• What is PDGFRA?
  • PDGFRA in GIST
  • PDGFRA No Mutation Detected
  • Clinical Trials

PDGFRA

The platelet derived growth factor receptor alpha (PDGFRA) belongs to a family of receptor tyrosine kinases (RTKs) that include PDGFRA and PDGFRB. The binding of ligands, such as platelet derived growth factor (PDGF), induces a conformational change that facilitates receptor homo- or heterodimer formation, thereby resulting in activation of PDGFRA tyrosine kinase activity. Activated PDGFRA then phosphorylates its substrates, resulting in activation of multiple downstream pathways within the cell, including the PI3K-AKT-mTOR pathway, which is involved in cell survival, and the RAS-RAF-MEK-ERK pathway, which is involved in cell proliferation (Figure 1).

Mutant PDGFRA has been implicated in the pathogenesis of a number of cancers. For example, mutations are found in gastrointestinal stromal tumors (GIST; Corless et al. 2005Heinrich et al. 2003), and fusions are found in hypereosinophilic syndrome (Cools et al. 2003). In dermatofibrosarcoma protuberans, PDGFRA is activated by a PDGFB fusion protein; as a result, imatinib, as a PDGFRA inhibitor, has shown activity and is approved for clinical use (Labropoulos and Razis 2007; Simon et al. 1997).

 

pdgfra.png

Figure 1.
Schematic of PDGFRA signaling pathways. The binding of the ligand, platelet-derived growth factor (PDGF), to the PDGFRA receptor tyrosine kinase results in activation of the MAPK signaling pathway (RAS-RAF-MEK-ERK) and the PI3K pathway (PI3K-AKT-mTOR). The letter "K" within the schema denotes the tyrosine kinase domain.

Related Pathways

Contributors: Robert G. Maki, M.D., Ph.D., FACP, Vicki Keedy, M.D., M.S.C.I.

Suggested Citation: Maki, R., V. Keedy. 2016. PDGFRA. My Cancer Genome https://www.padiracinnovation.org/content/disease/gist/pdgfra/?tab=0 (Updated May 26).

Last Updated: May 26, 2016

PDGFRA in GIST

PDGFRA is mutated in ~5% of GIST, most frequently in gastric GIST. Specifically, PDGFRA mutations are found mostly in exons 18 (tyrosine kinase 2 (TK2) domain; ~5%), 12 (juxtamembrane domain; 1%) and 14 (tyrosine kinase 1 (TK1) domain; <1%). Mutations except for D842V in exon 18 are sensitive to imatinib (Corless et al. 2005).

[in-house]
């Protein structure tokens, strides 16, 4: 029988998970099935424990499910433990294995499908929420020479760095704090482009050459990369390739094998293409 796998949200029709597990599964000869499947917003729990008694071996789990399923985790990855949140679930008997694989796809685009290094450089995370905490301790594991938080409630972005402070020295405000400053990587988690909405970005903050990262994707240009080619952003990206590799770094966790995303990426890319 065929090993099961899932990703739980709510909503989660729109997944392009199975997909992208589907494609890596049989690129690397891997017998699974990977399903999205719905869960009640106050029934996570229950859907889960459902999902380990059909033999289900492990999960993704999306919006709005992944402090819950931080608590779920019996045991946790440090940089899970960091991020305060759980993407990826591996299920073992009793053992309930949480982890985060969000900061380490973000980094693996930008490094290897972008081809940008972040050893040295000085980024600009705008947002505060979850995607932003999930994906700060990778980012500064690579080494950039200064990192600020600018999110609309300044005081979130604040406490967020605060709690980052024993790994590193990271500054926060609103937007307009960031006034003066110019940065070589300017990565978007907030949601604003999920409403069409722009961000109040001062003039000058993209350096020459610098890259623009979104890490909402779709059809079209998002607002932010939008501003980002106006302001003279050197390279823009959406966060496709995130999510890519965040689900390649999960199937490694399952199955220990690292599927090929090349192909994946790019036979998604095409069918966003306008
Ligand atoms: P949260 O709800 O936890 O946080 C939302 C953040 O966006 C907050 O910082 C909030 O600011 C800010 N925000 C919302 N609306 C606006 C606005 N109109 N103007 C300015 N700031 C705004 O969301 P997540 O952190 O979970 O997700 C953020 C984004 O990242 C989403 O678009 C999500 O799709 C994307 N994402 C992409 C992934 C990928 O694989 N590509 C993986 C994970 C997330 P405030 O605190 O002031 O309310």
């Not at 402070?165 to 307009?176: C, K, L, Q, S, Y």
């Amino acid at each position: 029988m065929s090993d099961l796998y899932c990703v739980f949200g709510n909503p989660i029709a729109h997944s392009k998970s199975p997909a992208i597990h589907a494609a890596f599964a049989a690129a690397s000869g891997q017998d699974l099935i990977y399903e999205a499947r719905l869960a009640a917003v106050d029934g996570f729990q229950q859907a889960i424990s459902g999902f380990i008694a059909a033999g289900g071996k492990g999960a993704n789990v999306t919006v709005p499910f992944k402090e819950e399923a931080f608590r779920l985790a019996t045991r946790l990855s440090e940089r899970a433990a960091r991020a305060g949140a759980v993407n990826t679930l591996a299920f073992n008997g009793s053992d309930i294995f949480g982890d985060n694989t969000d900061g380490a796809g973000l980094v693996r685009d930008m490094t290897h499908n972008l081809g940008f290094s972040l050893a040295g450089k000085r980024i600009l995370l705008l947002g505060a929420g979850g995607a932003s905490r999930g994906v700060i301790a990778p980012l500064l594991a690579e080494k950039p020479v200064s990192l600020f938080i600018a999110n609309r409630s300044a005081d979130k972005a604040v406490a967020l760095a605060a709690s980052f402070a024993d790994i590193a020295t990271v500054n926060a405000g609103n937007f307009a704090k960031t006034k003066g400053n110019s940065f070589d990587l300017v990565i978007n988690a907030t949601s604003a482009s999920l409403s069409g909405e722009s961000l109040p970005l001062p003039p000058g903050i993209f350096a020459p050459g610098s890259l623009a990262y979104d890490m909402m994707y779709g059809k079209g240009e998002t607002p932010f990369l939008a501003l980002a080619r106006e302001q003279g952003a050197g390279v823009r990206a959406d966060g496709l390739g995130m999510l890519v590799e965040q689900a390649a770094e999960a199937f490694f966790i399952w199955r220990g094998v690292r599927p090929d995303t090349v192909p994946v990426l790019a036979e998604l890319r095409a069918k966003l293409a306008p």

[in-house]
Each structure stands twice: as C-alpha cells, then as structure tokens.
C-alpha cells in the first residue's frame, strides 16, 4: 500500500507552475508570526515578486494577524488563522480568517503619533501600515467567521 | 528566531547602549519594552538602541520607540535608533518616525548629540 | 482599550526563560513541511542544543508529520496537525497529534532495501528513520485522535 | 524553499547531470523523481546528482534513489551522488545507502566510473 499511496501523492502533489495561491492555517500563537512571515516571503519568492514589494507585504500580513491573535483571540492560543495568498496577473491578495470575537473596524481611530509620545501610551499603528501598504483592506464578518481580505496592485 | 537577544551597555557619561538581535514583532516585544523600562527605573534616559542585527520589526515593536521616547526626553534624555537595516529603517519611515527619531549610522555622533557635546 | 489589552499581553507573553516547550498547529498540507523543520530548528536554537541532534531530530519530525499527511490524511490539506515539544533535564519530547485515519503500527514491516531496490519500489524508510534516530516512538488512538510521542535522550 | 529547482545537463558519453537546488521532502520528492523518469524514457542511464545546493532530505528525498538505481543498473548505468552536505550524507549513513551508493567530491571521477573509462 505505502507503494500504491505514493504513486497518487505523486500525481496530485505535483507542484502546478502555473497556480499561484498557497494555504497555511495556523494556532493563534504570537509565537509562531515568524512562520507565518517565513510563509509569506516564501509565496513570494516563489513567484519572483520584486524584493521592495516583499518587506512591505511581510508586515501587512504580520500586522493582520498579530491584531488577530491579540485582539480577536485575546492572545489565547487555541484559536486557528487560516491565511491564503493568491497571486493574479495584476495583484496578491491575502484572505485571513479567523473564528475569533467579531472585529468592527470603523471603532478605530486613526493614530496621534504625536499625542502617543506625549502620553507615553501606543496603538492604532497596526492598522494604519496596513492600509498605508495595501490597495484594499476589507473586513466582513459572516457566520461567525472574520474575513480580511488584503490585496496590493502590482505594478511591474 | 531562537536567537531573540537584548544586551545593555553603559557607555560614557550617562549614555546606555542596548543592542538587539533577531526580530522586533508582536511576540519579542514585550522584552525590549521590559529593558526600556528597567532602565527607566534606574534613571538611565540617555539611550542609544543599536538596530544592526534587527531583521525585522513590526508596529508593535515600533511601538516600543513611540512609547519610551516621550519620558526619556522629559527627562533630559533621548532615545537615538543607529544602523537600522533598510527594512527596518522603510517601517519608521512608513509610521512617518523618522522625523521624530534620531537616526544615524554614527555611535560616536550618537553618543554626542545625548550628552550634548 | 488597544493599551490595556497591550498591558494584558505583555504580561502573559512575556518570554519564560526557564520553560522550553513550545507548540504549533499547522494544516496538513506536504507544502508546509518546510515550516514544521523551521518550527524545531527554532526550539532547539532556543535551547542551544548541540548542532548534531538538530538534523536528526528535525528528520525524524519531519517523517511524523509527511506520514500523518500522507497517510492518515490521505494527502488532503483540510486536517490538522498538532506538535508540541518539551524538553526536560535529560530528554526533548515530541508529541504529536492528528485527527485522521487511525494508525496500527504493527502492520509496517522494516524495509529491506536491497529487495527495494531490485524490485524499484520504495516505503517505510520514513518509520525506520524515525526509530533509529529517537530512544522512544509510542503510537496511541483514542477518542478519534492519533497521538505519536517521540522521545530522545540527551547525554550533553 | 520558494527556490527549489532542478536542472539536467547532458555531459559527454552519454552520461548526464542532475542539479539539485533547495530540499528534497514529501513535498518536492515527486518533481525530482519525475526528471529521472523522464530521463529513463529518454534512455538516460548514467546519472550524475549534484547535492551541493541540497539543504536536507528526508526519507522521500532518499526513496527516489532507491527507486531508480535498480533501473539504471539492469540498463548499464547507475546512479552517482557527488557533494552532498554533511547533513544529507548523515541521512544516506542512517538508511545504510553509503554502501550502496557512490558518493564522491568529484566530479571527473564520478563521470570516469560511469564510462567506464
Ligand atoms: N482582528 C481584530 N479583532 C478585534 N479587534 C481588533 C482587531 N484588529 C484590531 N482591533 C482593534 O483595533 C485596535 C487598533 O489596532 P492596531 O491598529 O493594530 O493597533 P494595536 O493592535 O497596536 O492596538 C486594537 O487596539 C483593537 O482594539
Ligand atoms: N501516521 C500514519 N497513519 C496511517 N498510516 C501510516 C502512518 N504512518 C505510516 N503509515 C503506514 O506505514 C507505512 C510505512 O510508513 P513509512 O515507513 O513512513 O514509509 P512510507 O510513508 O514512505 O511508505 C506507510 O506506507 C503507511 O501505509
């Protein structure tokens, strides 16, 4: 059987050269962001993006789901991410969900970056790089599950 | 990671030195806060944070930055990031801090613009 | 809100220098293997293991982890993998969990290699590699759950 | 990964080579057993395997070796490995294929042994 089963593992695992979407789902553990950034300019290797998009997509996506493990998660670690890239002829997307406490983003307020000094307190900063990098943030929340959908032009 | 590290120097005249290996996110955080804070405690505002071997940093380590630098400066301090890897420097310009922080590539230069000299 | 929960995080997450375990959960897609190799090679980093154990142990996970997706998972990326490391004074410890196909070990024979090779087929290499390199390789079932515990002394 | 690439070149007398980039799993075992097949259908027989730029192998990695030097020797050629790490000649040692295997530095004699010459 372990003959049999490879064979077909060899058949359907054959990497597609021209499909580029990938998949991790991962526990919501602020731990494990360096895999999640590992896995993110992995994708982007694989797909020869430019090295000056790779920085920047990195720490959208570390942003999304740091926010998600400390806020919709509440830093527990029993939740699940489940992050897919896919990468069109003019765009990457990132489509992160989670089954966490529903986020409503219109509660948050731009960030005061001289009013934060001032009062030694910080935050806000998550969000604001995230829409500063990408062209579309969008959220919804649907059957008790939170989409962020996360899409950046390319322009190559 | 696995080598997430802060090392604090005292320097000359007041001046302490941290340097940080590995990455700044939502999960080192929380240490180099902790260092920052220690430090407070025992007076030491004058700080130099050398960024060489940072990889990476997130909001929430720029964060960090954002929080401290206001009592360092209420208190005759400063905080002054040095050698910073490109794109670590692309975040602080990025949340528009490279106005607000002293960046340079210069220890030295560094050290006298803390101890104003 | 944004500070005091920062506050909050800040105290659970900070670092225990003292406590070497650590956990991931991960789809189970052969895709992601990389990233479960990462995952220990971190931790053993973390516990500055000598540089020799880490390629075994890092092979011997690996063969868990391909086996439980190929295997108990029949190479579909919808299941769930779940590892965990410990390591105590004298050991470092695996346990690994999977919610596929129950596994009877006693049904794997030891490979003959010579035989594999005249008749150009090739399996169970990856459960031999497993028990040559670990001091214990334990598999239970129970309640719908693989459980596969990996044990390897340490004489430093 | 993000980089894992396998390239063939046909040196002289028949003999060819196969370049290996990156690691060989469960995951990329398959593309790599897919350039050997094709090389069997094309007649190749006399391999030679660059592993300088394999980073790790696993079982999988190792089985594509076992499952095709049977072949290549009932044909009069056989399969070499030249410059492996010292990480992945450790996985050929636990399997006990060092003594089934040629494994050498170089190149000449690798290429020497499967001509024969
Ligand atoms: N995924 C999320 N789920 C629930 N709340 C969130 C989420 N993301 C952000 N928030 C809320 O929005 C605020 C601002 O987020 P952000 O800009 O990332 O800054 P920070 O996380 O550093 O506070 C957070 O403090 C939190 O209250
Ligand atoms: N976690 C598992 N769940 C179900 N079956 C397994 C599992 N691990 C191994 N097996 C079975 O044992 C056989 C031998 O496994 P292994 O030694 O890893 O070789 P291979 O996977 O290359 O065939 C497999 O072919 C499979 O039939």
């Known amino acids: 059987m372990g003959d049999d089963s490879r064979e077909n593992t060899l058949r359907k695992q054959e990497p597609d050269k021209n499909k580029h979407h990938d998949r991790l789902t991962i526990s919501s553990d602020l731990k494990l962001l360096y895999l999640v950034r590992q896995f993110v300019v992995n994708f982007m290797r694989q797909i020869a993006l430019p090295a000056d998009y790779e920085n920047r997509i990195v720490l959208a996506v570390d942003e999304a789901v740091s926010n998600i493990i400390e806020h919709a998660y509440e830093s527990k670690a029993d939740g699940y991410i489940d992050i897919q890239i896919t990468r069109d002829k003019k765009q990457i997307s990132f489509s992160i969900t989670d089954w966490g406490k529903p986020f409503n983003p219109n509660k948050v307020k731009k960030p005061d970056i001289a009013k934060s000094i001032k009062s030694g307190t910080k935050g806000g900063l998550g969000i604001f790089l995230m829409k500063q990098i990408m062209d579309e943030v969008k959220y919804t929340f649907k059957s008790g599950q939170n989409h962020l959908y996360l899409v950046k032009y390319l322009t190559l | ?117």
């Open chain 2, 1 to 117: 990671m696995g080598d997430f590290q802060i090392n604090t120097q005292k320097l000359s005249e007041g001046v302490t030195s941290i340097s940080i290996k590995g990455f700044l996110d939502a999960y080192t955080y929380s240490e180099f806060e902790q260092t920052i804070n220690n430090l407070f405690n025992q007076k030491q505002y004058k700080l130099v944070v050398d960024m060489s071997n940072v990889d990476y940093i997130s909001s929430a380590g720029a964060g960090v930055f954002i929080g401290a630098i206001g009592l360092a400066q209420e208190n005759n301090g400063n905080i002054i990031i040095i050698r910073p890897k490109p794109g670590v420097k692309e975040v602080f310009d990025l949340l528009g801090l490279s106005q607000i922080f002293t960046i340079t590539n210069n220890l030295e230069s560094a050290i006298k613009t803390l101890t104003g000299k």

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Contributors: Robert G. Maki, M.D., Ph.D., FACP, Vicki Keedy, M.D., M.S.C.I.

Suggested Citation: Maki, R., V. Keedy. 2015. PDGFRA in GIST. My Cancer Genome https://www.padiracinnovation.org/content/disease/gist/pdgfra/ (Updated June 18).

Last Updated: June 18, 2015

No Mutation Detected in KIT, PDGFRA and BRAF in GIST

Properties
Location of mutation N/A
Frequency of no mutation detected in KIT/PDGFRA/BRAF in GIST 12–15% (Heinrich et al. 2003)
Implications for Targeted Therapeutics
Response to imatinib Confers decreased sensitivity
Response to sunitinib Some evidence of activity
Response to sorafenib Some evidence of activity (Kindler et al. 2011)
Response to nilotinib Unknown at this time
Response to regorafenib Evidence of activity (Demetri et al. 2013)
Response to dasatinib Some evidence of activity (Schittenhelm et al. 2006; Trent et al. 2011)

GISTs with no detected mutations in KIT, PDGFRA, and BRAF were formerly referred to as wild type; more precisely, wild type refers to those GISTs that do not have mutations in KIT, PDGFRA, and BRAF. A significant proportion of GISTs without other mutations have mutations instead in genes encoding the protein succinate dehydrogenase (SDH), most commonly SDHB (Janeway et al. 2010​) or SDHA. Approximately half of people with no KIT, PDGFRA, and BRAF mutations detected in their metastatic GIST have stable disease for ≥ 6 months when treated with second line sunitinib (Heinrich et al. 2008). Furthermore, people who get worse despite imatinib and sunitinib for their metastatic GIST, regorafenib is useful, whether or not there are KIT, PDGFRA, and BRAF mutations (Demetri et al. 2013).

Of note, “no mutation detected” means that tumors were tested for one or more mutations in one or more genes and none of these specific mutations were detected. “No mutation detected” is sometimes referred to as “wild type.” However, these two terms do not refer to precisely the same thing. Strictly speaking, the mutation status should be qualified based on the testing method used. For example, if the testing only included amino acid V600 in BRAF and no mutation was detected, then the BRAF mutation status for that tumor would be "wild type at amino acid V600." Since we now know more about mutations in genes other than KIT, PDGFRA, and BRAF, the “wild type” terminology is out of date.

One year of adjuvant imatinib does not improve relapse free survival for people with GISTs that have no KIT, PDGFRA, and BRAF mutations, p=0.6 (Corless et al. 2010). For people with no KIT, PDGFRA, and BRAF mutations detected in GIST in the high-risk category (i.e., > 5 cm, > 5/50 HPF mitotic count), there may be some benefit of 3 years compared to 1 year of adjuvant imatinib; however, too few people were included to make a definitive recommendation, HR 0.41, p=0.1 (Joensuu et al. 2011). ​

Note that this page is cross-listed under BRAF no mutation detected and KIT no mutation detected in GIST.

Contributors: Robert G. Maki, M.D., Ph.D., FACP, Vicki Keedy, M.D., M.S.C.I.

Suggested Citation: Maki, R., V. Keedy. 2014. No Mutation Detected in KIT, PDGFRA and BRAF in GIST. My Cancer Genome https://www.padiracinnovation.org/content/disease/gist/pdgfra/57/ (Updated October 21).

Last Updated: October 21, 2014

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